Memo to R' Farber: If you want Cross Currents to lay off, may I suggest you grow a long beard and start dressing like a 17th century polish aristocrat? RYA and his teammates always have a surfeit of warmth and tolerance for those types. For example, just this week Yad L'Achim and R. Yechiel Abuchatzeira ensnared countless Jews in a heresy trap -  they ran ads denying the eleventh ikkur emuna - but Cross Currents didn't care.

My friend Prof. Menachem Kellner argued in his Must a Jew Believe Anything? that if “belief is a matter of trust in G-d expressed in obedience to the Torah, my answer is that a Jew must believe everything. If ‘belief’ is the intellectual acquiescence in carefully defined statements of dogma, the answer is that there is nothing a Jew must believe.” This is a formulation very differents from what frum Jews more typically believe. Many responded to the book, and he in turn has addressed their critiques.
Yet even Dr. Kellner had to concede that believing what others believe and have believed can be important in Jewish life. “There are limits to what one can affirm or deny and still remain within the Jewish community. Denying the unity of G-d, for example, or that the Torah is of divine origin in some significant sense, or affirming that the Messiah has already come, are claims which place one outside the historical community of Israel.”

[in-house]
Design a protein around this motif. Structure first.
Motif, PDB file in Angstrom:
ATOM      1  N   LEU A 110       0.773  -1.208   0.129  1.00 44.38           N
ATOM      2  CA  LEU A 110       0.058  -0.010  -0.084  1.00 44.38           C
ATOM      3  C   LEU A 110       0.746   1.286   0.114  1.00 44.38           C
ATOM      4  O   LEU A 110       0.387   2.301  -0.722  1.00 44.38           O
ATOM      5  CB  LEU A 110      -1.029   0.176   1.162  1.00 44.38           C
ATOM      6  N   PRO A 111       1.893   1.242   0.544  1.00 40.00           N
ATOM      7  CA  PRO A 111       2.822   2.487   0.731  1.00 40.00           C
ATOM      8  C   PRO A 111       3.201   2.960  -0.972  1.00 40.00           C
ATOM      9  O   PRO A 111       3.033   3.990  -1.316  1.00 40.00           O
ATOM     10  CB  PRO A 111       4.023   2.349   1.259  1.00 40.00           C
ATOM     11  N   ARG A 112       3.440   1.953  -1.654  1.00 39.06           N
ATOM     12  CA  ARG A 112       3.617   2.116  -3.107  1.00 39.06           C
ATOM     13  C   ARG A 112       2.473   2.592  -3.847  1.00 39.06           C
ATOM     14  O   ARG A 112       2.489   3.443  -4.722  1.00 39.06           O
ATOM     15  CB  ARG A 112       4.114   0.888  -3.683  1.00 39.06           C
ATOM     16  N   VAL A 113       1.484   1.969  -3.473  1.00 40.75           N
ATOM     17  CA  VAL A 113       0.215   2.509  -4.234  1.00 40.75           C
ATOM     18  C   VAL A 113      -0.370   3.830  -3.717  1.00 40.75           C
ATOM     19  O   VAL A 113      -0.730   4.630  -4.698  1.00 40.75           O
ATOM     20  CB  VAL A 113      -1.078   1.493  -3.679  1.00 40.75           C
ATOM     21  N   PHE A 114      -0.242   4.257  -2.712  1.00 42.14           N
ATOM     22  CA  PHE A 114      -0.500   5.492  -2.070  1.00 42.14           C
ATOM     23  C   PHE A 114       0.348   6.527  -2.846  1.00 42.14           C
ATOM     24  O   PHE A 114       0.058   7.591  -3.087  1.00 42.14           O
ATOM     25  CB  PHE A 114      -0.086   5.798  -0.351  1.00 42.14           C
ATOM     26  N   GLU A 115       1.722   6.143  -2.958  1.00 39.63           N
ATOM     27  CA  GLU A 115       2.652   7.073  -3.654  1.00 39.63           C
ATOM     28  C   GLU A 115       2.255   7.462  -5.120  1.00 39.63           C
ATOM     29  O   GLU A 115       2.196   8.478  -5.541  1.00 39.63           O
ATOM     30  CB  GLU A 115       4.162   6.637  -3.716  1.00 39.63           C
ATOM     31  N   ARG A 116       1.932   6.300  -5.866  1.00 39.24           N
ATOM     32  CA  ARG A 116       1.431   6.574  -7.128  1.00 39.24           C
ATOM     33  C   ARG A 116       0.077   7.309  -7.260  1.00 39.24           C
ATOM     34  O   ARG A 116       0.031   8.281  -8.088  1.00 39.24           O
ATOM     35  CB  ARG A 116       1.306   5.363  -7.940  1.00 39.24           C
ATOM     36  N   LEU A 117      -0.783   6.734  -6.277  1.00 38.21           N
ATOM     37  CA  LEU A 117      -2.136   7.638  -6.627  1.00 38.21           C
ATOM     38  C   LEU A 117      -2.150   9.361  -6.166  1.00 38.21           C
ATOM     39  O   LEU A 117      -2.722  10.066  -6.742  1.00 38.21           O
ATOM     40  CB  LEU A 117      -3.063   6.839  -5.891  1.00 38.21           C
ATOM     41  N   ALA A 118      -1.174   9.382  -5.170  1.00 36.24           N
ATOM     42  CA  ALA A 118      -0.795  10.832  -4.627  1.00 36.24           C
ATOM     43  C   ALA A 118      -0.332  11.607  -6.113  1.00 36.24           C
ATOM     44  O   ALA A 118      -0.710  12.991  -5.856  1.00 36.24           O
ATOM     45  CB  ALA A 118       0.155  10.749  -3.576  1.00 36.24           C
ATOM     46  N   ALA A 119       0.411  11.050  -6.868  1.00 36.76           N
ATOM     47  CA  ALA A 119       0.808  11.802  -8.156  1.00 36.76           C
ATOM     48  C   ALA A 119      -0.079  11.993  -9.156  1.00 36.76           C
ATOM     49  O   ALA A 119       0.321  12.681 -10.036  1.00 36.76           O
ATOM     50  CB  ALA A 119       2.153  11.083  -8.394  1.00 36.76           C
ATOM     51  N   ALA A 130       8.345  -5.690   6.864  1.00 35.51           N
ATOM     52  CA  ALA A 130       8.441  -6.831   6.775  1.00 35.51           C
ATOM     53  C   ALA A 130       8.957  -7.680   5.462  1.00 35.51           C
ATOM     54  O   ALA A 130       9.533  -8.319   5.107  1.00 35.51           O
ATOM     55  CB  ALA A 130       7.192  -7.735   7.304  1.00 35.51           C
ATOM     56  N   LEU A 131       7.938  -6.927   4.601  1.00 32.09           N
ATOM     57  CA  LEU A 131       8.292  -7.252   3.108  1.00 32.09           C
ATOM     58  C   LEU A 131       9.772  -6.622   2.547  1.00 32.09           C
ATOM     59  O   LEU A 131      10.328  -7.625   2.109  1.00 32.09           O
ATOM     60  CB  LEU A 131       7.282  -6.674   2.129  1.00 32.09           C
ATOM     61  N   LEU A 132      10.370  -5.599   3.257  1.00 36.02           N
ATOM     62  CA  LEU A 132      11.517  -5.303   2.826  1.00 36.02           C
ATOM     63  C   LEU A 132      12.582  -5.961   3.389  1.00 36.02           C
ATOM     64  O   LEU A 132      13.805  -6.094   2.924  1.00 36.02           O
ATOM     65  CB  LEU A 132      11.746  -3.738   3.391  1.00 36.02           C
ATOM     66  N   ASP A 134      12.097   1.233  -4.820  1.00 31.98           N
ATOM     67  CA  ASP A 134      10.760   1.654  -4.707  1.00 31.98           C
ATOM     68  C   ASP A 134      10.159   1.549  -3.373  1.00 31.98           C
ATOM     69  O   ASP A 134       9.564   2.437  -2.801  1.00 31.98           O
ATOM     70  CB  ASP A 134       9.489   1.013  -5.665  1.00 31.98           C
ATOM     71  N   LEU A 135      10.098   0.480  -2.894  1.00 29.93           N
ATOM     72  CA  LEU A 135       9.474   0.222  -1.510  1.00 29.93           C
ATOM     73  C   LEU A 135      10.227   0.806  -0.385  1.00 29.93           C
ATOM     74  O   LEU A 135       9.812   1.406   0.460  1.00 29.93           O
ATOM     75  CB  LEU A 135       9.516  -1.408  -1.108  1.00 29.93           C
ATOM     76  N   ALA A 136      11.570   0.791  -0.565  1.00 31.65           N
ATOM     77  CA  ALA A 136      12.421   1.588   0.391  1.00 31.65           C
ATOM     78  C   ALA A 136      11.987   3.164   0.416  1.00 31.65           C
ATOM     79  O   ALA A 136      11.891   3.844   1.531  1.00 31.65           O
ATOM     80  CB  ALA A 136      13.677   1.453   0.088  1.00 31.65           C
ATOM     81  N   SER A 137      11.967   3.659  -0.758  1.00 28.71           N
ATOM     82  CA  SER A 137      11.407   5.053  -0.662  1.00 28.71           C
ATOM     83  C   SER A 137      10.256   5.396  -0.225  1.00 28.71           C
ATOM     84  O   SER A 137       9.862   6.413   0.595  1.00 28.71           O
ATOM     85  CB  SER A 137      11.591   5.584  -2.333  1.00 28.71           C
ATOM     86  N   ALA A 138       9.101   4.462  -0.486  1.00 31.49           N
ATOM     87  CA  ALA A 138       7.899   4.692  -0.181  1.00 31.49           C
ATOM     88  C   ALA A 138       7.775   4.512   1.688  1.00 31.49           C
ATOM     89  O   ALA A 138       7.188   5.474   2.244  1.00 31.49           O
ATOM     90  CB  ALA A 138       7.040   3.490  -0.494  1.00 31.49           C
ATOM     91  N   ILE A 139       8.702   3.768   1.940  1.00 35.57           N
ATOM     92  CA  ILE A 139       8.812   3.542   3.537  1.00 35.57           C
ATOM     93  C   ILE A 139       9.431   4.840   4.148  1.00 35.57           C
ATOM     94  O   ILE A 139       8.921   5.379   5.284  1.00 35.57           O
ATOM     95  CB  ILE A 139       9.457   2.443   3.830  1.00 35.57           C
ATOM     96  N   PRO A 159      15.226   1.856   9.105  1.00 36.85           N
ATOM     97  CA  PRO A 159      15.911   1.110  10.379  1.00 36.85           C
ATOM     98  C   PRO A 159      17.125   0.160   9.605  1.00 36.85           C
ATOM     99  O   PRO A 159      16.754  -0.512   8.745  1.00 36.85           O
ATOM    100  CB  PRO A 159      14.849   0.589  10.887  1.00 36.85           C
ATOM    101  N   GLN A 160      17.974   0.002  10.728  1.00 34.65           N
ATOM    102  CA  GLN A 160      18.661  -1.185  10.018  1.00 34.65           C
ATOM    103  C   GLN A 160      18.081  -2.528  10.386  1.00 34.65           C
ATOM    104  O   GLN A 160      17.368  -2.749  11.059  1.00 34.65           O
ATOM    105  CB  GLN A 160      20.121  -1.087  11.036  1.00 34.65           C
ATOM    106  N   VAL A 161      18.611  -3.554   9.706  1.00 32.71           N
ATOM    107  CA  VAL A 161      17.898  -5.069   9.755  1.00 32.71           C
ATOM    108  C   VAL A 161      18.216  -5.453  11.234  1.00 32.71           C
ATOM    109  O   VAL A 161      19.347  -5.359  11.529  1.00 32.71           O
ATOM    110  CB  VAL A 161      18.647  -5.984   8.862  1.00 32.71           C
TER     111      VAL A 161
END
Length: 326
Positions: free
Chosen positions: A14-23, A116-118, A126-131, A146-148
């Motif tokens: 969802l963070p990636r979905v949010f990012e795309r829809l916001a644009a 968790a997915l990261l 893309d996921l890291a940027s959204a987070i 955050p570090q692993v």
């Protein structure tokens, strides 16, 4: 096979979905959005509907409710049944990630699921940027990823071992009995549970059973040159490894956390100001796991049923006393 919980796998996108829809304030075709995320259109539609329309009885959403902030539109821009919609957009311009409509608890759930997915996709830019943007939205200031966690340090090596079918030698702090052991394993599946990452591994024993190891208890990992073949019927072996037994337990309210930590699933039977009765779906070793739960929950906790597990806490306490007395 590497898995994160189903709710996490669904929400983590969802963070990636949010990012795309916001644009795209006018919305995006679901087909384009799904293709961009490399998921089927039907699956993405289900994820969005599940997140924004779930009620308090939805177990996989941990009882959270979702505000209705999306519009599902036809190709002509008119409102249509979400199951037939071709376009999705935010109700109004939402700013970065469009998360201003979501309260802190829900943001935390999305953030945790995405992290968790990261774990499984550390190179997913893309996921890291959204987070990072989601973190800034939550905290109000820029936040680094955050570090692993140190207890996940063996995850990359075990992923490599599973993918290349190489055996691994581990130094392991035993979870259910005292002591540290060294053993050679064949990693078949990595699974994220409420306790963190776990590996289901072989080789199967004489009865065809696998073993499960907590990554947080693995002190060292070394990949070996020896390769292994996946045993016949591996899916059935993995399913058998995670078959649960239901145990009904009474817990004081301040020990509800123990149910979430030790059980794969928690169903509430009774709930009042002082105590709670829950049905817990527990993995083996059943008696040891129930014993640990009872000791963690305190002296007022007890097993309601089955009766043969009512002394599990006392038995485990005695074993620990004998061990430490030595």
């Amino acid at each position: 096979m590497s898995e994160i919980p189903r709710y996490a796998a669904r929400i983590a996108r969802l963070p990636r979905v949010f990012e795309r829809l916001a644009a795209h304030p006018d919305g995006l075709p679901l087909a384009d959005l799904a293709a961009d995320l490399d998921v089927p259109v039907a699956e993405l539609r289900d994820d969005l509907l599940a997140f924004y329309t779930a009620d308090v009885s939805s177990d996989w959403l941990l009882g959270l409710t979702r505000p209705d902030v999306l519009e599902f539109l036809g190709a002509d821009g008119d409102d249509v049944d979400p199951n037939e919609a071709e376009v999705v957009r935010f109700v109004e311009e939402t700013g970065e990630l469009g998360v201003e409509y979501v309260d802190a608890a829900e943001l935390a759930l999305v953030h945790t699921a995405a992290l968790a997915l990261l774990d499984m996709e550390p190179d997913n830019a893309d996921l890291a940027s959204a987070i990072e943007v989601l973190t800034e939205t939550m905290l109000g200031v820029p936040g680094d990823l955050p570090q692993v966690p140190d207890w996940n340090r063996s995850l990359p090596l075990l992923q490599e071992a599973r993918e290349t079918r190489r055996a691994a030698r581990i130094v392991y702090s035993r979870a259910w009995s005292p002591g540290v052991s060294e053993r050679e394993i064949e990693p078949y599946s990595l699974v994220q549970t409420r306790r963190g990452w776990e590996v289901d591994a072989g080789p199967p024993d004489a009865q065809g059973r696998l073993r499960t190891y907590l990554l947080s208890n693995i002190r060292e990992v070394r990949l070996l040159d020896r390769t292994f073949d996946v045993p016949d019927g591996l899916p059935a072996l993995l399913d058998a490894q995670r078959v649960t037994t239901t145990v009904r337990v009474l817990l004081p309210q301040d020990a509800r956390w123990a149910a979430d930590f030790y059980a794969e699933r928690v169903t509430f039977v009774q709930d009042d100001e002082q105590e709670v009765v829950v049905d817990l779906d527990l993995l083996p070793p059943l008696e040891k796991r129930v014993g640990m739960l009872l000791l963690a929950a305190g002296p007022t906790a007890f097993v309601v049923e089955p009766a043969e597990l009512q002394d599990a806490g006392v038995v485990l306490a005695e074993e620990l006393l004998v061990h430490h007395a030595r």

A) Also an appeal to consequence
B) To the best of my knowledge Rabbi Farber, the subject of this anti-heresy witch hunt, has never denied that the Torah is of divine origin in some significant sense (That's a very low bar. Reform Rabbis can get over it)

Dr. Kellner’s argument against systematic theology is not something I believe or can accept. Even if we were to accept it, however, he argues that some beliefs place a person outside of the religious experience shared by his coreligionists. If we were interviewing a prospective leader of a community, or teacher of our children, most of us would want to know if his views stood outside the historical community of Israel. We might wish that we did not have to “check intellectual tzitzis,” but we do not always have that option. We can hide from the harsh sound of the heresy word, but we still need to decide as a community dividing lines between what is acceptable and what is beyond the pale.

Why? Because if there are no limits, we have nothing but teflon to offer our children

Please note the slight of hand. The issue isn't that Farber et al think there should be "no limits" It is that they disagree with the limits RYA is arbitrarily attempting to impose.